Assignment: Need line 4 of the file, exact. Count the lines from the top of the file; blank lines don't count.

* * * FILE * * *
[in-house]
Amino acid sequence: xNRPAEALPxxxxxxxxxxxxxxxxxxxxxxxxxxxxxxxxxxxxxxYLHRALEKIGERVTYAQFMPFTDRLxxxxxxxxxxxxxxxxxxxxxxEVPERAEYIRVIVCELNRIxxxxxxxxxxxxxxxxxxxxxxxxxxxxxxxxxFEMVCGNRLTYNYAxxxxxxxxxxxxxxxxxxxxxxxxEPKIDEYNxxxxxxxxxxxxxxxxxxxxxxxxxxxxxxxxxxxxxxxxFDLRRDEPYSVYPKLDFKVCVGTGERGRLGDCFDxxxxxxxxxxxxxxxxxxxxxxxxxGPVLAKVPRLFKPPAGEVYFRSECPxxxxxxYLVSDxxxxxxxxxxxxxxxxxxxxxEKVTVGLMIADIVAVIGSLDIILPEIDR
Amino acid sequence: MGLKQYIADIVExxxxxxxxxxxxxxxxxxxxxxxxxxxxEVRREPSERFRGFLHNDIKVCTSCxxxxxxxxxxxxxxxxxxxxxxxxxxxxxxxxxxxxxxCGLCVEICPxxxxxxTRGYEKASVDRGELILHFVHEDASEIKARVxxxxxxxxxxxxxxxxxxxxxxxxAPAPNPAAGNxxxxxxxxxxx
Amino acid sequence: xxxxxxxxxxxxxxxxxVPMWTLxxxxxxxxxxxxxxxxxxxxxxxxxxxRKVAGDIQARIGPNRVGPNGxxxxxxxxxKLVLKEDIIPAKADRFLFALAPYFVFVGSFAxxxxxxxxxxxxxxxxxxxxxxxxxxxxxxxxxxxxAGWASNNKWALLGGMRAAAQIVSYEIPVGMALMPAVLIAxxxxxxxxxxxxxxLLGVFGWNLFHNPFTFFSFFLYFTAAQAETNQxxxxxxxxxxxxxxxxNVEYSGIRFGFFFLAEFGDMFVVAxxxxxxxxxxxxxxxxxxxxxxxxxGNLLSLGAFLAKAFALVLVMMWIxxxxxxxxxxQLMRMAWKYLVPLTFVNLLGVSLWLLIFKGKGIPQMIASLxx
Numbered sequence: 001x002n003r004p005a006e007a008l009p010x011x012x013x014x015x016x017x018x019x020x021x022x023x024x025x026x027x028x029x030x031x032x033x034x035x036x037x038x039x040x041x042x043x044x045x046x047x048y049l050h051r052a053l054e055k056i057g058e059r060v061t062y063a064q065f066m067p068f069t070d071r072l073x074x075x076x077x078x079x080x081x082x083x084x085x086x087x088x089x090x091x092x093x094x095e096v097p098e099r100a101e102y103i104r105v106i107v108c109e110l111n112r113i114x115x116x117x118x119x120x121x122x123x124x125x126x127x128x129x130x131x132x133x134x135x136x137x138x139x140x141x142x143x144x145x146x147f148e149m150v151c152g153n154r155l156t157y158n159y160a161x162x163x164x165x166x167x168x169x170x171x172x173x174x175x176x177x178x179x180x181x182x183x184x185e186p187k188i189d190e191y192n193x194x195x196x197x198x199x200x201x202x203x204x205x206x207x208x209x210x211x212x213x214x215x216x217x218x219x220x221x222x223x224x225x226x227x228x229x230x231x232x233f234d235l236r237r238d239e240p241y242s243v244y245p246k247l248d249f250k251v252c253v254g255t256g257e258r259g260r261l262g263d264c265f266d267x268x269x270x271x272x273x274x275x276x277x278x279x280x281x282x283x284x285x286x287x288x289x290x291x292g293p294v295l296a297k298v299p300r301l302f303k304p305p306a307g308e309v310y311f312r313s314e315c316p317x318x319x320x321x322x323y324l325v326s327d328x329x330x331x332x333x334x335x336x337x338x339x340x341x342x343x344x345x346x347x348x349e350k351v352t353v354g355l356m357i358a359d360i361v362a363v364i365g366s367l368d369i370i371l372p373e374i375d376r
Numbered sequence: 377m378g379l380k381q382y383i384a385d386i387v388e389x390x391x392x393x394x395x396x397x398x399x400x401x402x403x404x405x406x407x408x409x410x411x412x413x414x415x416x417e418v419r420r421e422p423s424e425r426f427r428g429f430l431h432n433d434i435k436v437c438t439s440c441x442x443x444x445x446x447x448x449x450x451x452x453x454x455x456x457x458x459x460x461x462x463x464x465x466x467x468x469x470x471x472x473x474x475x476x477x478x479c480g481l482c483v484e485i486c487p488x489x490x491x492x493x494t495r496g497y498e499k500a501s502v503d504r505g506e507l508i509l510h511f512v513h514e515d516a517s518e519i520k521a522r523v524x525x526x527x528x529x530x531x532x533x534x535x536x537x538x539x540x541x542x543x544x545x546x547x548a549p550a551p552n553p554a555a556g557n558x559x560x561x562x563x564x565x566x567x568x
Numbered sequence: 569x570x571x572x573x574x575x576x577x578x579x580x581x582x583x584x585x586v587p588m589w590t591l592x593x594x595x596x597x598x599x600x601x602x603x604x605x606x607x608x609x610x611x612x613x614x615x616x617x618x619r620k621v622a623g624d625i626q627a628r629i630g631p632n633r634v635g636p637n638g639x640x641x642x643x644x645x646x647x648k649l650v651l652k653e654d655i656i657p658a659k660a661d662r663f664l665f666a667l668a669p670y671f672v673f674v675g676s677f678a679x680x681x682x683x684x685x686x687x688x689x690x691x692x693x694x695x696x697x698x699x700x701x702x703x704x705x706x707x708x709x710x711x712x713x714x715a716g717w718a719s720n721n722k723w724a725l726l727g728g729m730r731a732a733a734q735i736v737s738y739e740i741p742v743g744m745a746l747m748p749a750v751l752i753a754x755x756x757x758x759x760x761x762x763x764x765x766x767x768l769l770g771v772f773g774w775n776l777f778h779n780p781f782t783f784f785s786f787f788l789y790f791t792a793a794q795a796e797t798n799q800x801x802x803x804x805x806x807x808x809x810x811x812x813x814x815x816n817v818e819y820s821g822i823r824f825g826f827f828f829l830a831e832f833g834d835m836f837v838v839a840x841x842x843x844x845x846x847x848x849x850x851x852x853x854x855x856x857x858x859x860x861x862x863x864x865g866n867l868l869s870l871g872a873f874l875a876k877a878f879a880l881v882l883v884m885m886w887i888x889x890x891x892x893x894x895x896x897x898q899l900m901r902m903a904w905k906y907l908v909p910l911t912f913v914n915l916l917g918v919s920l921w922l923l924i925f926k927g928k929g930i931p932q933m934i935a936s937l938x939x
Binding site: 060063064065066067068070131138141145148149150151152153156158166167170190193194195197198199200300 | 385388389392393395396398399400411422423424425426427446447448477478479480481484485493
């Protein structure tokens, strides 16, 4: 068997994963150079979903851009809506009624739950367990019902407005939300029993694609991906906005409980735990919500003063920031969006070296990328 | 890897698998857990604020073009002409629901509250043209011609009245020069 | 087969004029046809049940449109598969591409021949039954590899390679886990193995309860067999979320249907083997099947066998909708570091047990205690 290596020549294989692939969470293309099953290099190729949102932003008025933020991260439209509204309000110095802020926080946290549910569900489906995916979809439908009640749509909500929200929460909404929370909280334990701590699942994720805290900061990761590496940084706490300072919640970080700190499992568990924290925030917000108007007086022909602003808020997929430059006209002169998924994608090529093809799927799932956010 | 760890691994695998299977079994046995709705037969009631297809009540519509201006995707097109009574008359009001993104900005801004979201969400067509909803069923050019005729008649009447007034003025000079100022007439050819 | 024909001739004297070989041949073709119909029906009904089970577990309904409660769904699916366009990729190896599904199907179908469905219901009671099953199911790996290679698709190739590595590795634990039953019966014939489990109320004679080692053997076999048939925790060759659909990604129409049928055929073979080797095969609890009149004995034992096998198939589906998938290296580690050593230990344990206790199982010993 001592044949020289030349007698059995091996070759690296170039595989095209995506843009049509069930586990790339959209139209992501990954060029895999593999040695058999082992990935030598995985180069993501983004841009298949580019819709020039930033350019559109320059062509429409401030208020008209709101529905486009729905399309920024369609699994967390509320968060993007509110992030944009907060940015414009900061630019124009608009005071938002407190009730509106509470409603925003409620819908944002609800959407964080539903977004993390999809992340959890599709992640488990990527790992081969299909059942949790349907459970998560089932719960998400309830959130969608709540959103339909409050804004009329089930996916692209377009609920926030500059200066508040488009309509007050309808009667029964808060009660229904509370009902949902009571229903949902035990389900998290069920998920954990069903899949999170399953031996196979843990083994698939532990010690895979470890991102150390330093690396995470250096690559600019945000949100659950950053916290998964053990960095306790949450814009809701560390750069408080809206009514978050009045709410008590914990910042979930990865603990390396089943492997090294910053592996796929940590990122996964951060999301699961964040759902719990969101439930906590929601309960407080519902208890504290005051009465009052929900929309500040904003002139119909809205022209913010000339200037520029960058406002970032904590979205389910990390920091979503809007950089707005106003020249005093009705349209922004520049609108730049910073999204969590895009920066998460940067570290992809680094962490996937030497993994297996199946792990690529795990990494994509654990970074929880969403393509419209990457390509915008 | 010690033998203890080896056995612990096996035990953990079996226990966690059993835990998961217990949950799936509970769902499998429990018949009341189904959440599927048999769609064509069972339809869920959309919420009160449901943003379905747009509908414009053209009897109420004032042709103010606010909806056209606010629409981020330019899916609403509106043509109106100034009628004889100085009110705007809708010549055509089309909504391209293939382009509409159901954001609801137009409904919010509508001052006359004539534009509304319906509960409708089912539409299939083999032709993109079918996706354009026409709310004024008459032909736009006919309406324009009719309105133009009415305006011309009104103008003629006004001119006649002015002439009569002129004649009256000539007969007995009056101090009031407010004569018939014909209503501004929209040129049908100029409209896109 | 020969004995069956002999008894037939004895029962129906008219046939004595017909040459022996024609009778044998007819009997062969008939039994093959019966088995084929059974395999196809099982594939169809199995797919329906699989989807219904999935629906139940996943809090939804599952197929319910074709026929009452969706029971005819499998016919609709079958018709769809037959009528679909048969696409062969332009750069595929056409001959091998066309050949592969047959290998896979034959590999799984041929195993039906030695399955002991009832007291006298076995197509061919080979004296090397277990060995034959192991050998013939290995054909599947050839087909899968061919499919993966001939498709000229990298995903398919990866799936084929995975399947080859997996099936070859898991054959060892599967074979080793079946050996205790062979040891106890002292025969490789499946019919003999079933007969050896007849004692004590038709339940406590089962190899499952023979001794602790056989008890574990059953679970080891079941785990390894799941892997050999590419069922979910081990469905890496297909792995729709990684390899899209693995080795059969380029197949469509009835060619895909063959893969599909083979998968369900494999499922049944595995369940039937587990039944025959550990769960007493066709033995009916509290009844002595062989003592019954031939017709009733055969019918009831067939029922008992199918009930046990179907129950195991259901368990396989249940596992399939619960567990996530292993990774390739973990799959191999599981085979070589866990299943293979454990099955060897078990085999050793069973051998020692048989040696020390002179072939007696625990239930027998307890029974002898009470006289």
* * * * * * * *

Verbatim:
Amino acid sequence: xxxxxxxxxxxxxxxxxVPMWTLxxxxxxxxxxxxxxxxxxxxxxxxxxxRKVAGDIQARIGPNRVGPNGxxxxxxxxxKLVLKEDIIPAKADRFLFALAPYFVFVGSFAxxxxxxxxxxxxxxxxxxxxxxxxxxxxxxxxxxxxAGWASNNKWALLGGMRAAAQIVSYEIPVGMALMPAVLIAxxxxxxxxxxxxxxLLGVFGWNLFHNPFTFFSFFLYFTAAQAETNQxxxxxxxxxxxxxxxxNVEYSGIRFGFFFLAEFGDMFVVAxxxxxxxxxxxxxxxxxxxxxxxxxGNLLSLGAFLAKAFALVLVMMWIxxxxxxxxxxQLMRMAWKYLVPLTFVNLLGVSLWLLIFKGKGIPQMIASLxx